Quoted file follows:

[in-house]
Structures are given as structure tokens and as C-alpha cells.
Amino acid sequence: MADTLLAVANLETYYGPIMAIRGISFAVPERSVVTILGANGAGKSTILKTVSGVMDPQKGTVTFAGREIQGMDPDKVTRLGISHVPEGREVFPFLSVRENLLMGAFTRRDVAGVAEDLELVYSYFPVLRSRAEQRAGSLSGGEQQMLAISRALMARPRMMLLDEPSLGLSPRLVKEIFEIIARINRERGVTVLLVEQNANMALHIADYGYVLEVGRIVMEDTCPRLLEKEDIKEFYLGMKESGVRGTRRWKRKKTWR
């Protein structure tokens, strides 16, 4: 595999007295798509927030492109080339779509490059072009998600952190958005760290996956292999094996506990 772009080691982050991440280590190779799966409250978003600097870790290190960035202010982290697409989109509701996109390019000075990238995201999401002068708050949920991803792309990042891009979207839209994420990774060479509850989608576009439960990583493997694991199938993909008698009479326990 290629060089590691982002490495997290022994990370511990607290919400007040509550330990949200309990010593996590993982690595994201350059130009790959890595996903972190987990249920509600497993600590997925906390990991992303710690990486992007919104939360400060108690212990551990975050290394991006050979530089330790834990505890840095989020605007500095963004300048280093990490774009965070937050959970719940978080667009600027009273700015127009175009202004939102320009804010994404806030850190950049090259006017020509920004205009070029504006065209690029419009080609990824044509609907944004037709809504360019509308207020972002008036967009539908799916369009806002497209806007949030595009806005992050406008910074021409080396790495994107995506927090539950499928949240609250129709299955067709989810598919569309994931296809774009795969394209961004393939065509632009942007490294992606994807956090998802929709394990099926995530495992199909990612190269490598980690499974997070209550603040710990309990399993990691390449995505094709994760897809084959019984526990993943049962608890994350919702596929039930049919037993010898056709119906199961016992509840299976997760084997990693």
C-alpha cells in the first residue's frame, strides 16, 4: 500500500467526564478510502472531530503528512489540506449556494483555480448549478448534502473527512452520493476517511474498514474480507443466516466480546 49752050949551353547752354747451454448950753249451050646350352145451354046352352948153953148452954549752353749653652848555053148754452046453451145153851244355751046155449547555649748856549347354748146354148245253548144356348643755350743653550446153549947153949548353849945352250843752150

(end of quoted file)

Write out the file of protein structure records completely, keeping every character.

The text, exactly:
[in-house]
Structures are given as structure tokens and as C-alpha cells.
Amino acid sequence: MADTLLAVANLETYYGPIMAIRGISFAVPERSVVTILGANGAGKSTILKTVSGVMDPQKGTVTFAGREIQGMDPDKVTRLGISHVPEGREVFPFLSVRENLLMGAFTRRDVAGVAEDLELVYSYFPVLRSRAEQRAGSLSGGEQQMLAISRALMARPRMMLLDEPSLGLSPRLVKEIFEIIARINRERGVTVLLVEQNANMALHIADYGYVLEVGRIVMEDTCPRLLEKEDIKEFYLGMKESGVRGTRRWKRKKTWR
């Protein structure tokens, strides 16, 4: 595999007295798509927030492109080339779509490059072009998600952190958005760290996956292999094996506990 772009080691982050991440280590190779799966409250978003600097870790290190960035202010982290697409989109509701996109390019000075990238995201999401002068708050949920991803792309990042891009979207839209994420990774060479509850989608576009439960990583493997694991199938993909008698009479326990 290629060089590691982002490495997290022994990370511990607290919400007040509550330990949200309990010593996590993982690595994201350059130009790959890595996903972190987990249920509600497993600590997925906390990991992303710690990486992007919104939360400060108690212990551990975050290394991006050979530089330790834990505890840095989020605007500095963004300048280093990490774009965070937050959970719940978080667009600027009273700015127009175009202004939102320009804010994404806030850190950049090259006017020509920004205009070029504006065209690029419009080609990824044509609907944004037709809504360019509308207020972002008036967009539908799916369009806002497209806007949030595009806005992050406008910074021409080396790495994107995506927090539950499928949240609250129709299955067709989810598919569309994931296809774009795969394209961004393939065509632009942007490294992606994807956090998802929709394990099926995530495992199909990612190269490598980690499974997070209550603040710990309990399993990691390449995505094709994760897809084959019984526990993943049962608890994350919702596929039930049919037993010898056709119906199961016992509840299976997760084997990693």
C-alpha cells in the first residue's frame, strides 16, 4: 500500500467526564478510502472531530503528512489540506449556494483555480448549478448534502473527512452520493476517511474498514474480507443466516466480546 49752050949551353547752354747451454448950753249451050646350352145451354046352352948153953148452954549752353749653652848555053148754452046453451145153851244355751046155449547555649748856549347354748146354148245253548144356348643755350743653550446153549947153949548353849945352250843752150